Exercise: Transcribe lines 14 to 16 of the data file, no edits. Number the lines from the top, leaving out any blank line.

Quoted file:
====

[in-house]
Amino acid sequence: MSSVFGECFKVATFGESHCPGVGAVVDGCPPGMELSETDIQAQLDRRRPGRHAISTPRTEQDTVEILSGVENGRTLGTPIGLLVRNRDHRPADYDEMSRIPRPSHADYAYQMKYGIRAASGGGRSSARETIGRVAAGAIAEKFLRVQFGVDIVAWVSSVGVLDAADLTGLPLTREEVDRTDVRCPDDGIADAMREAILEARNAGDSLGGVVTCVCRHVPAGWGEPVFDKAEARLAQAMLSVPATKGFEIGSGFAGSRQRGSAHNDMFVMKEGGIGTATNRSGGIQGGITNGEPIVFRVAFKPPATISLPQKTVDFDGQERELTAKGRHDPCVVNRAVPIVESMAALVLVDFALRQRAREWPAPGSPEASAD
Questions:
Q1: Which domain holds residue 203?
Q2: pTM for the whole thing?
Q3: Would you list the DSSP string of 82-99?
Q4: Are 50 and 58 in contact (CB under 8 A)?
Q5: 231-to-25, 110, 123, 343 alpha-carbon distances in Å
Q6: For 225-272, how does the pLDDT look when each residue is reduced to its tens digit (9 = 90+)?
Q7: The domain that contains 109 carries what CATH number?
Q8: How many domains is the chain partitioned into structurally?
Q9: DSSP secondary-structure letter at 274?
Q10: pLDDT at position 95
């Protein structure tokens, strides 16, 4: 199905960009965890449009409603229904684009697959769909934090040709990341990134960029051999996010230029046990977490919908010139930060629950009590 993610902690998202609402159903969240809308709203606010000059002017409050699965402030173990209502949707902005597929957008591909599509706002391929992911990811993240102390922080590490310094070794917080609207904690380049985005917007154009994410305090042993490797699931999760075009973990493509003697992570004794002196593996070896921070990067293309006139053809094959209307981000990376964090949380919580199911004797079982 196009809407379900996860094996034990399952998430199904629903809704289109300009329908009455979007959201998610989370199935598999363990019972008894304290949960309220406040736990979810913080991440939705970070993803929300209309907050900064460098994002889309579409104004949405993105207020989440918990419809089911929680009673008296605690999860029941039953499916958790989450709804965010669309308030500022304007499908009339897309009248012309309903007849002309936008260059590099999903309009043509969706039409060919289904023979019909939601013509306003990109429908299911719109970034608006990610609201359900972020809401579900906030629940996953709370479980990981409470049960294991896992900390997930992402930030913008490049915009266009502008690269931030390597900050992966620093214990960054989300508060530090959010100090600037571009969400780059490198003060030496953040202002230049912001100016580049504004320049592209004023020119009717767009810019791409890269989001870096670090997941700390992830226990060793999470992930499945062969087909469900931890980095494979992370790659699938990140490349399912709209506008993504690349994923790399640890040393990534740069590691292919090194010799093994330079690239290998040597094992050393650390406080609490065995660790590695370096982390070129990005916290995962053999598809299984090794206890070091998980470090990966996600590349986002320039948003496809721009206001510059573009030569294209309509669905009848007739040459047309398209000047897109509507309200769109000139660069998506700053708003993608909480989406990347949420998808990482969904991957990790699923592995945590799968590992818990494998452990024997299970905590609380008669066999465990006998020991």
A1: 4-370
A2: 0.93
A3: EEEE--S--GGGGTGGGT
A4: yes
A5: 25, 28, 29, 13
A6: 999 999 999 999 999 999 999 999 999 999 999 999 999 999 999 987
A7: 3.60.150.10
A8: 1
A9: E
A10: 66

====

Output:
């Protein structure tokens, strides 16, 4: 199905960009965890449009409603229904684009697959769909934090040709990341990134960029051999996010230029046990977490919908010139930060629950009590 993610902690998202609402159903969240809308709203606010000059002017409050699965402030173990209502949707902005597929957008591909599509706002391929992911990811993240102390922080590490310094070794917080609207904690380049985005917007154009994410305090042993490797699931999760075009973990493509003697992570004794002196593996070896921070990067293309006139053809094959209307981000990376964090949380919580199911004797079982 196009809407379900996860094996034990399952998430199904629903809704289109300009329908009455979007959201998610989370199935598999363990019972008894304290949960309220406040736990979810913080991440939705970070993803929300209309907050900064460098994002889309579409104004949405993105207020989440918990419809089911929680009673008296605690999860029941039953499916958790989450709804965010669309308030500022304007499908009339897309009248012309309903007849002309936008260059590099999903309009043509969706039409060919289904023979019909939601013509306003990109429908299911719109970034608006990610609201359900972020809401579900906030629940996953709370479980990981409470049960294991896992900390997930992402930030913008490049915009266009502008690269931030390597900050992966620093214990960054989300508060530090959010100090600037571009969400780059490198003060030496953040202002230049912001100016580049504004320049592209004023020119009717767009810019791409890269989001870096670090997941700390992830226990060793999470992930499945062969087909469900931890980095494979992370790659699938990140490349399912709209506008993504690349994923790399640890040393990534740069590691292919090194010799093994330079690239290998040597094992050393650390406080609490065995660790590695370096982390070129990005916290995962053999598809299984090794206890070091998980470090990966996600590349986002320039948003496809721009206001510059573009030569294209309509669905009848007739040459047309398209000047897109509507309200769109000139660069998506700053708003993608909480989406990347949420998808990482969904991957990790699923592995945590799968590992818990494998452990024997299970905590609380008669066999465990006998020991």
A1: 4-370
A2: 0.93